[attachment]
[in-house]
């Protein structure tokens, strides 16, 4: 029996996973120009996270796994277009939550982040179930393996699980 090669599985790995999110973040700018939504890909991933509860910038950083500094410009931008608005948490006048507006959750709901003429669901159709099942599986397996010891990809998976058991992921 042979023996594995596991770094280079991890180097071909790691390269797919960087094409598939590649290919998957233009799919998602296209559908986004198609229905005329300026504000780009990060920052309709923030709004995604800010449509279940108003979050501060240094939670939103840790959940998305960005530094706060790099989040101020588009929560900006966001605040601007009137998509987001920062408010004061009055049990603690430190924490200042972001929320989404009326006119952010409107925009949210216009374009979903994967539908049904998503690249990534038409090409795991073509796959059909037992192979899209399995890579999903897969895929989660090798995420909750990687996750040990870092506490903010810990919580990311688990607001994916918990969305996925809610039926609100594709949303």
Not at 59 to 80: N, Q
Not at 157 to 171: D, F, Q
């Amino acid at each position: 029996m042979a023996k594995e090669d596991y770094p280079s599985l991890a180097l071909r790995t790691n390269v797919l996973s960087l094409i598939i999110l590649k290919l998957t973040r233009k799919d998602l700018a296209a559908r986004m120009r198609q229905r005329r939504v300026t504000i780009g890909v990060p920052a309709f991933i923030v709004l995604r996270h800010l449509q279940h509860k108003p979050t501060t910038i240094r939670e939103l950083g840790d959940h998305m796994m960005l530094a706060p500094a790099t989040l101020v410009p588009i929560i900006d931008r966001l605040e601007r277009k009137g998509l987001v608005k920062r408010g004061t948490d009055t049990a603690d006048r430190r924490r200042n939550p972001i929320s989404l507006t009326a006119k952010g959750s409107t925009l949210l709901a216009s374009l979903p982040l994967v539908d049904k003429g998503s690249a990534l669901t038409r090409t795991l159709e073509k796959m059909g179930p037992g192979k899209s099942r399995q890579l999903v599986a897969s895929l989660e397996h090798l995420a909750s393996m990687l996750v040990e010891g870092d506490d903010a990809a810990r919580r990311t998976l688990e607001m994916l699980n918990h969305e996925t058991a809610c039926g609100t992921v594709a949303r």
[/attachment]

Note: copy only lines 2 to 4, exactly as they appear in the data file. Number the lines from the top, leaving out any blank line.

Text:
């Protein structure tokens, strides 16, 4: 029996996973120009996270796994277009939550982040179930393996699980 090669599985790995999110973040700018939504890909991933509860910038950083500094410009931008608005948490006048507006959750709901003429669901159709099942599986397996010891990809998976058991992921 042979023996594995596991770094280079991890180097071909790691390269797919960087094409598939590649290919998957233009799919998602296209559908986004198609229905005329300026504000780009990060920052309709923030709004995604800010449509279940108003979050501060240094939670939103840790959940998305960005530094706060790099989040101020588009929560900006966001605040601007009137998509987001920062408010004061009055049990603690430190924490200042972001929320989404009326006119952010409107925009949210216009374009979903994967539908049904998503690249990534038409090409795991073509796959059909037992192979899209399995890579999903897969895929989660090798995420909750990687996750040990870092506490903010810990919580990311688990607001994916918990969305996925809610039926609100594709949303």
Not at 59 to 80: N, Q
Not at 157 to 171: D, F, Q